Rising interest rates and consumers holding credit cards make for a very bad combination as the holiday season approaches

By Andrew Keshner

Consumers plan to spend an average of about $1,400 this holiday season, according to two forecasts

There are three weeks until Black Friday, but the Federal Reserve has likely made the post-holiday debt hangover a bit more intense.

The central bank took a widely expected move last week, adding another 75 basis point hike to a key interest rate

This rate hike will affect credit card rates in December 2022 or January 2023. In other words, pay off your credit card balance in full after the holidays.

Every year, many people rack up credit card debt over the holiday season, pay it off early the next year, and then repeat the process.

Holiday sales could reach up to $960.4 billion, according to the National Retail Federation. This represents an increase in sales of 6% to 8% over the previous year, which is in line with 2021, but slower than the 13.5% growth in 2020.

What’s different about the 2022 shopping season? Economists point to high inflation for 40 years, associated with rising interest rates. The Federal Reserve hopes that its four consecutive 75 basis point interest rate hikes will eventually calm inflation, without sending the economy into recession

Wednesday’s rate hike brings the fed funds rate into the 3.75% to 4% range. To put that into context: it was close to zero during the holiday season last year.

“Now is not the time to overspend and have a problem paying your bills later. We know the economy is sending mixed messages,” said Michele Raneri, vice president of research and consulting. in financial services at TransUnion (TRU), one of three in the country. major credit reporting companies.

It’s very important to think about a vacation budget and how much depends on credit, she said. “People need to think about how much they can afford to pay back and how long it will take them to pay it back.”

Vacation spending could be the same as 2021 for many people – but not everyone

Last month, third quarter earnings from major banks like JPMorgan Chase & Co. (JPM), Wells Fargo (WFC), Citibank (C) and Bank of America (BAC) indicated that consumer finances, in the together are not yet showing any cracks under the pressures of inflation. (Other numbers, like the personal savings rate, show strain.)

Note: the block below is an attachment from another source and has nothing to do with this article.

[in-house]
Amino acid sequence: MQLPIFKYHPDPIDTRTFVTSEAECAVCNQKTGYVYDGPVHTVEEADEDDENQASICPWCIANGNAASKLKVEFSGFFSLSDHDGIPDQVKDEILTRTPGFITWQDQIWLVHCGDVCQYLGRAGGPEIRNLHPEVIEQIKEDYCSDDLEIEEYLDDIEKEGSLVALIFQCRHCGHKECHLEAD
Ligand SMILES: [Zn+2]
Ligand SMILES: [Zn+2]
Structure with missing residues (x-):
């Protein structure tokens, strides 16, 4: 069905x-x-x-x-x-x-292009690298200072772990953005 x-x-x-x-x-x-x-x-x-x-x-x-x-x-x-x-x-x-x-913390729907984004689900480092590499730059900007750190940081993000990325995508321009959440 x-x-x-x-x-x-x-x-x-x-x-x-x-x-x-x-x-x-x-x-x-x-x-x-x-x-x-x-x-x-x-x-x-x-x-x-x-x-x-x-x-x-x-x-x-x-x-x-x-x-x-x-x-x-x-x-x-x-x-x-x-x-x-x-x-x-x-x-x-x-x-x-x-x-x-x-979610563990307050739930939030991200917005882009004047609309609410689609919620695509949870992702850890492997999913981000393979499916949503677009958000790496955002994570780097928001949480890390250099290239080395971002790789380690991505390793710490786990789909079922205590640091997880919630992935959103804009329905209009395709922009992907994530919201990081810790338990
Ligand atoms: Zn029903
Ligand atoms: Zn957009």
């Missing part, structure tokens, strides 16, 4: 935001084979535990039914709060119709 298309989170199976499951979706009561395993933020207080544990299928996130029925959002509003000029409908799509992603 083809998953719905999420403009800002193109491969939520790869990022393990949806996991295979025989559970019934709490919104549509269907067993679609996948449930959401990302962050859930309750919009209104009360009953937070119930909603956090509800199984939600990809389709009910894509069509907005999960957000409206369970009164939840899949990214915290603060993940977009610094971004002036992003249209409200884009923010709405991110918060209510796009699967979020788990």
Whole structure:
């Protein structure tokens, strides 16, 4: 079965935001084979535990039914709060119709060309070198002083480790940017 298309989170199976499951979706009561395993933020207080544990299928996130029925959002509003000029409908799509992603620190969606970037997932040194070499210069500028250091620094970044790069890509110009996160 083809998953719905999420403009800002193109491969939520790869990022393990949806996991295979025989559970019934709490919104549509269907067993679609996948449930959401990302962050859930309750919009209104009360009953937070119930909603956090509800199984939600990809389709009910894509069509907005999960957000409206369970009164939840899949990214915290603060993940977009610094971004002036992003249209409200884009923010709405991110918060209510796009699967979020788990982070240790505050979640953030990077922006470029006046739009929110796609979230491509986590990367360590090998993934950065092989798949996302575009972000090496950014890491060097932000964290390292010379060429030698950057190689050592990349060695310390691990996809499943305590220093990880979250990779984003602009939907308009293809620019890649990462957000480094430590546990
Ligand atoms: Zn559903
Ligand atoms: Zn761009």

The National Retail Federation estimates that people plan to spend just over $830 on holiday-related gifts, decor and food, which is the average for the past 10 years. And yet, Matthew Shay, president and chief executive of the retail association, said many aren’t backing down from the purchases.

And yet, Americans plan to spend an average of $1,430 on gifts, travel and entertainment this year, roughly matching the $1,447 spent last year, according to PwC researchers. Three-quarters of people said they planned to spend the same or more than a year ago and respondents said credit cards were one of their main means of payment.

By another measure, Americans will pay an average of $1,455 in holiday-related gifts and experiences, essentially unchanged from last year, Deloitte researchers found.

The bad news: More than a third of consumers surveyed say their financial outlook is worse than at this time last year. Nearly a quarter of people were concerned about credit card debt at the end of September, Deloitte said.

Households racked up $890 billion in credit card debt in the second quarter, slightly less than the record $930 billion in the fourth quarter of 2019.

Those with a monthly credit card balance through the end of September had an average balance of $5,474, Raneri said. That’s a nearly 13% year-over-year increase, she said. The number of people carrying a credit card balance increased by 5% to 164 million.

Americans who carried a credit card balance during the third quarter had an average APR of 18.43%, according to figures from the Federal Reserve. This is up from 16.65% in the previous quarter and 17.13% in the third quarter of 2021.